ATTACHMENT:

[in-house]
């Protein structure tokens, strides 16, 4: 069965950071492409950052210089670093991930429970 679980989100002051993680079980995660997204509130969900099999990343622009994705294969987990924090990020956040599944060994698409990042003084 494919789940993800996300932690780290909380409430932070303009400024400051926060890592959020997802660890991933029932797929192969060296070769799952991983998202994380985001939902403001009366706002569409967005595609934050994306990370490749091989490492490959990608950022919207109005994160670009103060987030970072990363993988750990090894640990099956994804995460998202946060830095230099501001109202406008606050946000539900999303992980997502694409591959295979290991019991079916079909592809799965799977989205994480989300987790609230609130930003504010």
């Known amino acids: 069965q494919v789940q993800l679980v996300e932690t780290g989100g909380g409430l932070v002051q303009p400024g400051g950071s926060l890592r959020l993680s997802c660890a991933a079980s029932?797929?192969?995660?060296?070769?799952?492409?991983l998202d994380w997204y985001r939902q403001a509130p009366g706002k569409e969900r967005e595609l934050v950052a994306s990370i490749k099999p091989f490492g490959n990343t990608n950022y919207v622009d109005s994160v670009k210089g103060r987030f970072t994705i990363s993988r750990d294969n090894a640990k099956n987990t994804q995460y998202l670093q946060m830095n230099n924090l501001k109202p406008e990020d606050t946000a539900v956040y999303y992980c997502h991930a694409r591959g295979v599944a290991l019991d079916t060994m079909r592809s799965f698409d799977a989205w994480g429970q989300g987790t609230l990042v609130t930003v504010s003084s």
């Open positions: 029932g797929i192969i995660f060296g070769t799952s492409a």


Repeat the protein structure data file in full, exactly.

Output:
[in-house]
């Protein structure tokens, strides 16, 4: 069965950071492409950052210089670093991930429970 679980989100002051993680079980995660997204509130969900099999990343622009994705294969987990924090990020956040599944060994698409990042003084 494919789940993800996300932690780290909380409430932070303009400024400051926060890592959020997802660890991933029932797929192969060296070769799952991983998202994380985001939902403001009366706002569409967005595609934050994306990370490749091989490492490959990608950022919207109005994160670009103060987030970072990363993988750990090894640990099956994804995460998202946060830095230099501001109202406008606050946000539900999303992980997502694409591959295979290991019991079916079909592809799965799977989205994480989300987790609230609130930003504010």
């Known amino acids: 069965q494919v789940q993800l679980v996300e932690t780290g989100g909380g409430l932070v002051q303009p400024g400051g950071s926060l890592r959020l993680s997802c660890a991933a079980s029932?797929?192969?995660?060296?070769?799952?492409?991983l998202d994380w997204y985001r939902q403001a509130p009366g706002k569409e969900r967005e595609l934050v950052a994306s990370i490749k099999p091989f490492g490959n990343t990608n950022y919207v622009d109005s994160v670009k210089g103060r987030f970072t994705i990363s993988r750990d294969n090894a640990k099956n987990t994804q995460y998202l670093q946060m830095n230099n924090l501001k109202p406008e990020d606050t946000a539900v956040y999303y992980c997502h991930a694409r591959g295979v599944a290991l019991d079916t060994m079909r592809s799965f698409d799977a989205w994480g429970q989300g987790t609230l990042v609130t930003v504010s003084s």
């Open positions: 029932g797929i192969i995660f060296g070769t799952s492409a």